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MySQL: Setting WriteOnly database permissions?

Posted on 2014-09-30
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Last Modified: 2014-10-29
I need to create a MySQL database, which will be accessible by my program through an ADO (Visual Basic 6) interface.
The database have to be WriteOnly, i.e. users should be able to only add records, but must not be able to list the database content, read or delete records, or be able to change anything in database structure.

-How to do this? I need advice how to create such a database and how to specify such access permissions.
-Ideally, for my needs, the database would have TWO access levels with TWO passwords: one will be for the administrator (i.e. me) which would give an unlimited access; the other would be for the users, which should have only the specified limited access.
-I have some (limited) experience working with MySQL, but nothing extensive; I’ve been creating MySQL databases I need by using phpMyAdmin, so the advice how to create such a database using this tool would be appreciated.
-A link to a good tutorial regarding this would be helpful.
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Question by:npaun
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by:gheist
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by:npaun
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huh, well, I've already seen that, and was hopping to get here some more detailed and elaborate suggestions...
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Assisted Solution

by:Dave Baldwin
Dave Baldwin earned 150 total points
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You don't create a database with 'write-only' or INSERT privileges, you create a user that has only those privileges.  Note that that has to be an additional user because you can't admin the database or table without a user with more complete privileges.  In phpMyAdmin you can create such a limited user for your application and also use the 'root' user to maintain the database and tables.
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Assisted Solution

by:Stefan Hoffmann
Stefan Hoffmann earned 150 total points
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Use a stored procedure to insert your data.

In my understanding write-only means not to retrieve any information about stored data. Thus when you try to insert an existing row, you'll get a primary key violation. This is a side-channel which allows to retrieve information from your table. This case can only be handled by a stored procedure. Okay, not having unique keys would do it also, but such a table is often useless.
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Accepted Solution

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Steve Bink earned 200 total points
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ste5an's suggestion at #40374782 is the correct one.  Allow me to demonstrate.  Let's say you have a database that records requests coming from a user.  It records the IP, and associates a location with the IP provided.  The locations are stored in a lookup table:
mysql> create database writeonly;
Query OK, 1 row affected (0.00 sec)

mysql> use writeonly;
Database changed
mysql> grant all privileges on writeonly.* to writeonly_admin identified by 'writeonlyadmin' with grant option;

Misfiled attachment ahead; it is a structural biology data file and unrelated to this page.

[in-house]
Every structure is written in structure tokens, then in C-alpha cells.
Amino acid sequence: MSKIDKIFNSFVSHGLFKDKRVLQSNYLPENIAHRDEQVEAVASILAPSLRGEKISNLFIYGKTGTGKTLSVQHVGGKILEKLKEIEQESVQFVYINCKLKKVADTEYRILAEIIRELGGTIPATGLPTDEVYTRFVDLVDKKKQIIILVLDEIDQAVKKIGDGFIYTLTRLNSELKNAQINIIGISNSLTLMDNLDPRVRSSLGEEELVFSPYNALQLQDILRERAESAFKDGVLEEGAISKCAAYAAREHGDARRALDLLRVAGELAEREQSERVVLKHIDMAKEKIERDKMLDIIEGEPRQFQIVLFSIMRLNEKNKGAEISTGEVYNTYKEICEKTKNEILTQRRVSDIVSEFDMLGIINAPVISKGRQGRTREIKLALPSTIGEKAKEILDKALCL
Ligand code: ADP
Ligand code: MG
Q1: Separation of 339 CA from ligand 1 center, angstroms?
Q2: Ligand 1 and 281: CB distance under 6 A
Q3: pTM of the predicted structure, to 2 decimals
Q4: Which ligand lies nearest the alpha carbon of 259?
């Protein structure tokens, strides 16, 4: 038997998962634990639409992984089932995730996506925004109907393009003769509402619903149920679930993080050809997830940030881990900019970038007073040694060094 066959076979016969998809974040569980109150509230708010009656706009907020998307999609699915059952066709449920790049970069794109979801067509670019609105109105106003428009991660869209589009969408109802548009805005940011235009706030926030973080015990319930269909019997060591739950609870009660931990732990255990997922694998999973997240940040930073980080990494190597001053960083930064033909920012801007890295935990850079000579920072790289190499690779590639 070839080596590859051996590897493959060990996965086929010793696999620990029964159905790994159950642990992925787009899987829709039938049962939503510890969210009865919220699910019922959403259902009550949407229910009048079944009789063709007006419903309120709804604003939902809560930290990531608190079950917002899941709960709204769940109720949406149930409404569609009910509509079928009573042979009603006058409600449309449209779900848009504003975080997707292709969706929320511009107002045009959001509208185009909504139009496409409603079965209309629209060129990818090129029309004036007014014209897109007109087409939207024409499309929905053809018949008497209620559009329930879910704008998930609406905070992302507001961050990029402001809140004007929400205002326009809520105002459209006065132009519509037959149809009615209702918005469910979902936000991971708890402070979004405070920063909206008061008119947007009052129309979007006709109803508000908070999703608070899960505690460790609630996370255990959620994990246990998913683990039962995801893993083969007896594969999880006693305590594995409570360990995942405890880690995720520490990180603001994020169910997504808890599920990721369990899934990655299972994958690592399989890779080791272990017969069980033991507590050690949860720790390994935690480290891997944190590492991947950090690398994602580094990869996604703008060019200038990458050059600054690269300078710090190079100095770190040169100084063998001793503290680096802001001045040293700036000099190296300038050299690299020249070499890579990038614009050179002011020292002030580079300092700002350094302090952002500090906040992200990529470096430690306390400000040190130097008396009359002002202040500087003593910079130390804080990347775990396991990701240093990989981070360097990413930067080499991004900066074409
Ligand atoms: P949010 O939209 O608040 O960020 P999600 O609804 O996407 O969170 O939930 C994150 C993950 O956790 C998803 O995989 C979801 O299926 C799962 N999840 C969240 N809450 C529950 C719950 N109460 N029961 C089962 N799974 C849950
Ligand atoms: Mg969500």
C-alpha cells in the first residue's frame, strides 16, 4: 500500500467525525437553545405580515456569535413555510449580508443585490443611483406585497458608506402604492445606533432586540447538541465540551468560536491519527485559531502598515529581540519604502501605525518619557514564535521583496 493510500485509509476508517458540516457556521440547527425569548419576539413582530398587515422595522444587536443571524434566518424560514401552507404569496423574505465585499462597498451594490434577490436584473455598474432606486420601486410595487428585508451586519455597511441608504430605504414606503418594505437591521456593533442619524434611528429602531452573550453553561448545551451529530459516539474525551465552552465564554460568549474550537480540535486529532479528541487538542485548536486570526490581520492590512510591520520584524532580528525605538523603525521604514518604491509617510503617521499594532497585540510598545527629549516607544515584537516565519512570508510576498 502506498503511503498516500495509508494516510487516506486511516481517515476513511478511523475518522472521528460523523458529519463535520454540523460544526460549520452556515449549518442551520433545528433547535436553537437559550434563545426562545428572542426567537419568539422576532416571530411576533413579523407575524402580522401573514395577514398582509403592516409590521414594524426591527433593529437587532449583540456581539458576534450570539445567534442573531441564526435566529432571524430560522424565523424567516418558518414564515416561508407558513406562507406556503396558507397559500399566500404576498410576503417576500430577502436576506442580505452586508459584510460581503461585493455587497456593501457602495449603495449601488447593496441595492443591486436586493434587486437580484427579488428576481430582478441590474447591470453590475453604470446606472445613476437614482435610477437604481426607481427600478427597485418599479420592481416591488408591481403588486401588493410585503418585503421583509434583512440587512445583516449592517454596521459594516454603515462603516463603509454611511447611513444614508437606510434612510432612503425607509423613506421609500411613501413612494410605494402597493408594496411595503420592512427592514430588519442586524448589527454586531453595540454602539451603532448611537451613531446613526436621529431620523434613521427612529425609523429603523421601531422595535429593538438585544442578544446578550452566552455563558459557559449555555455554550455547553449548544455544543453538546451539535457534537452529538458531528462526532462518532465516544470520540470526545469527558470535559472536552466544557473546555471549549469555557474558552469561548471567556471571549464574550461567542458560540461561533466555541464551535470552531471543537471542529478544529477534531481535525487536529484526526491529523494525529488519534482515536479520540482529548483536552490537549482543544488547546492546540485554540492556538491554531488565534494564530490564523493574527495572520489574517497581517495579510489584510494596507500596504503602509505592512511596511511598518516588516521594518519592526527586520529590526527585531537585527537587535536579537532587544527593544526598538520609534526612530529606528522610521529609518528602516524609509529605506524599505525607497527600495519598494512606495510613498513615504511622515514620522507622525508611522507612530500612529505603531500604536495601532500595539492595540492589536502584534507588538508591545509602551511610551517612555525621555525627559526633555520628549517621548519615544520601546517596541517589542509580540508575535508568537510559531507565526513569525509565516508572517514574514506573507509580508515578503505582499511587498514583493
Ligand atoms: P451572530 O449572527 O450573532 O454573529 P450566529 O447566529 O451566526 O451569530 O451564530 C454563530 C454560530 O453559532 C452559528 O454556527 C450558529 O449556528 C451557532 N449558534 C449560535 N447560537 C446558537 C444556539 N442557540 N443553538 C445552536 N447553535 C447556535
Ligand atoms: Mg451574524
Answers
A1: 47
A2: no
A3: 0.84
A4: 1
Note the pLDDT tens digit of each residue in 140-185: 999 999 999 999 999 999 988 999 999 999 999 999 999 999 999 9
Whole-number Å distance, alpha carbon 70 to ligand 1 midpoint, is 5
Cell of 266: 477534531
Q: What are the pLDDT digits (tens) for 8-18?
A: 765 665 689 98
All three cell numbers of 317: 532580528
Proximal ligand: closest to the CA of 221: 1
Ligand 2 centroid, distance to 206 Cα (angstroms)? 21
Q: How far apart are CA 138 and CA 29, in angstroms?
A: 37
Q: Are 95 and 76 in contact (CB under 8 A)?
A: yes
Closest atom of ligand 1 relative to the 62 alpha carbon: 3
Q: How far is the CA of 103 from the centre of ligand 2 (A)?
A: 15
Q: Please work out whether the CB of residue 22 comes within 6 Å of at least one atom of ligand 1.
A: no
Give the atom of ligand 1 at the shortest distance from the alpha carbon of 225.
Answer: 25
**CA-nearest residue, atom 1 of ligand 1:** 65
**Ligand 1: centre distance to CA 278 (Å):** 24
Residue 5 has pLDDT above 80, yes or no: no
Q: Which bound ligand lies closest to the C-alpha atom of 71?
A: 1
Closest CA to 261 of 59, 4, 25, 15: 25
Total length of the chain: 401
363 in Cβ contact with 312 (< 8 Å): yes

Query OK, 0 rows affected (0.00 sec)

mysql> create table location (id int not null auto_increment primary key, trans_ip int not null, loc_name varchar(50) not null default 'No Location Name');
Query OK, 0 rows affected (0.00 sec)

mysql> insert into location (trans_ip,loc_name) values (inet_aton('10.0.0.1'),'location 1'),
    -> (inet_aton('10.0.0.2'),'location 2'),
    -> (inet_aton('10.0.0.3'),'location 3'),
    -> (inet_aton('10.0.0.4'),'location 4'),
    -> (inet_aton('10.0.0.5'),'location 5'),
    -> (inet_aton('10.0.0.6'),'location 6'),
    -> (inet_aton('10.0.0.7'),'location 7'),
    -> (inet_aton('10.0.0.8'),'location 8'),
    -> (inet_aton('10.0.0.9'),'location 9'),
    -> (inet_aton('10.0.0.10'),'location 10');
Query OK, 10 rows affected (0.00 sec)
Records: 10  Duplicates: 0  Warnings: 0

mysql> create table requests (id int auto_increment not null primary key, ip int not null, location_id int not null);
Query OK, 0 rows affected (0.00 sec)

mysql> grant insert on writeonly.requests to writeonly_user identified by 'writeonlyuser';
Query OK, 0 rows affected (0.00 sec)

mysql> exit
Bye

#> mysql -u writeonly_user -p
Enter password:

mysql> show grants;
+---------------------------------------------------------------------------------------------------------------+
| Grants for writeonly_user@%                                                                                   |
+---------------------------------------------------------------------------------------------------------------+
| GRANT USAGE ON *.* TO 'writeonly_user'@'%' IDENTIFIED BY PASSWORD '*18E9832D7E434B6DAE1F754BE8E41AA64F2C0332' |
| GRANT INSERT ON `writeonly`.`requests` TO 'writeonly_user'@'%'                                                |
+---------------------------------------------------------------------------------------------------------------+
2 rows in set (0.00 sec)

mysql> use writeonly;
Reading table information for completion of table and column names
You can turn off this feature to get a quicker startup with -A

Database changed
mysql> describe requests;
+-------------+---------+------+-----+---------+----------------+
| Field       | Type    | Null | Key | Default | Extra          |
+-------------+---------+------+-----+---------+----------------+
| id          | int(11) | NO   | PRI | NULL    | auto_increment |
| ip          | int(11) | NO   |     | NULL    |                |
| location_id | int(11) | NO   |     | NULL    |                |